Fasting is an act of homage to the majesty of appetite. So I think we should arrange to give up our pleasures regularly–our food, our friends, our lovers–in order to preserve their intensity, and the moment of coming back to them. For this is the moment that renews and refreshes both oneself and the thing one loves. Sailors and travelers enjoyed this once, and so did hunters, I suppose. Part of the weariness of modern life may be that we live too much on top of each other, and are entertained and fed too regularly.
Once we were separated by hunger both from our food and families, and then we learned to value both. The men went off hunting, and the dogs went with them; the women and children waved goodbye. The cave was empty of men for days on end; nobody ate, or knew what to do. The women crouched by the fire, the wet smoke in their eyes; the children wailed; everybody was hungry. Then one night there were shouts and the barking of dogs from the hills, and the men came back loaded with meat. This was the great reunion, and everybody gorged themselves silly, and appetite came into its own; the long-awaited meal became a feast to remember and an almost sacred celebration of life. Now we go off to the office and come home in the evenings to cheap chicken and frozen peas. Very nice, but too much of it, too easy and regular, served up without effort or wanting. We eat, we are lucky, our faces are shining with fat, but we don’t know the pleasure of being hungry any more.
Too much of anything–too much music, entertainment, happy snacks, or time spent with one’s friends–creates a kind of impotence of living by which one can no longer hear, or taste, or see, or love, or remember. Life is short and precious, and appetite is one of its guardians, and loss of appetite is a sort of death. So if we are to enjoy this short life we should respect the divinity of appetite, and keep it eager and not too much blunted.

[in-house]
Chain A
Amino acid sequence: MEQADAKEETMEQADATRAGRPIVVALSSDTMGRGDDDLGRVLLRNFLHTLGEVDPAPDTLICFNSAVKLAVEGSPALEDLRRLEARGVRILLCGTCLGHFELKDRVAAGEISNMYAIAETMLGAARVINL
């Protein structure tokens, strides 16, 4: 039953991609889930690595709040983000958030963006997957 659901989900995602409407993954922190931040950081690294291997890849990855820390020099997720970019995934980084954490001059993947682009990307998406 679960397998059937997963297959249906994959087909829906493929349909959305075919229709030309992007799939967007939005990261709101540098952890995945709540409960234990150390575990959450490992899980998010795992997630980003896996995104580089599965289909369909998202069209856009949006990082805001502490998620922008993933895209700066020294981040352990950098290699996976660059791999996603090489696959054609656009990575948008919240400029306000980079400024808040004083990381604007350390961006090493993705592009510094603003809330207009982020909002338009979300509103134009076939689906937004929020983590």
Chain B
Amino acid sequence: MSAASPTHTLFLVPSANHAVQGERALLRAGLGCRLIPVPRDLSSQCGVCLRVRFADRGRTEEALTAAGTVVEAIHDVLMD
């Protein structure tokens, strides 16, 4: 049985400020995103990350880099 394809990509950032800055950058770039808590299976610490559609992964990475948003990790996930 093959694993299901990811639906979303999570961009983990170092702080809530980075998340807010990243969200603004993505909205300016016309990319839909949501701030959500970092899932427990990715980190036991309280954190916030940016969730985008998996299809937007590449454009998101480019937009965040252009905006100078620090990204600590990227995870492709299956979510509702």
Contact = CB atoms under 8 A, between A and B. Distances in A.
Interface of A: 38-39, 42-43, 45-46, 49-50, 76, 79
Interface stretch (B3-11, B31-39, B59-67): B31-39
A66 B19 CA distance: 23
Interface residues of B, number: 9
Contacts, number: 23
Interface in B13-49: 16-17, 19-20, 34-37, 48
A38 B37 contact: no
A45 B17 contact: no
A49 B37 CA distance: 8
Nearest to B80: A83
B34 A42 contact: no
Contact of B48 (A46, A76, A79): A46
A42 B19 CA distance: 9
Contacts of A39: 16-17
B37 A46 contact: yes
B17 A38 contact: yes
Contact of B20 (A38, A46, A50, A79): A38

1) What is the author’s main argument in the passage?
a) The olden times, when the roles of men and women were clearly divided, were far more enjoyable than the present time
b) There is not enough effort required anymore to obtain food and hence the pleasure derived is not the same
c) People who don’t have enough to eat enjoy life much more than those who have plentiful
d) We should deny ourselves pleasures once in a while in order to whet our desires and feel more alive
2) What are the benefits of fasting?
a) It is an act against the drawbacks of appetite
b) It brings joy in eating, and one learns to appreciate food
c) It is the method to understand how civilization evolved
d) It is a punishment for the greedy and unkind
3) What commonality has been highlighted between the sailors and hunters?
a) Neither were fed nor entertained regularly
b) They renew and refresh themselves regularly
c) They were regularly separated from their loved ones and things they liked
d) The roles of men and women were clearly divided for both professions
4) ‘The long-awaited meal became a feast to remember and an almost sacred celebration of life’, what does this line imply?
a) After so many days of being hungry, the cave men and women felt alive once again after eating the food
b) People respected and were thankful for getting food after days of being hungry and also of being united with their loved ones
c) Cave men and women ate and celebrated together with the entire community making the feast really enjoyable
d) Cave men and women enjoyed themselves in the feast and performed a ceremony to thank the Gods for their safe return back home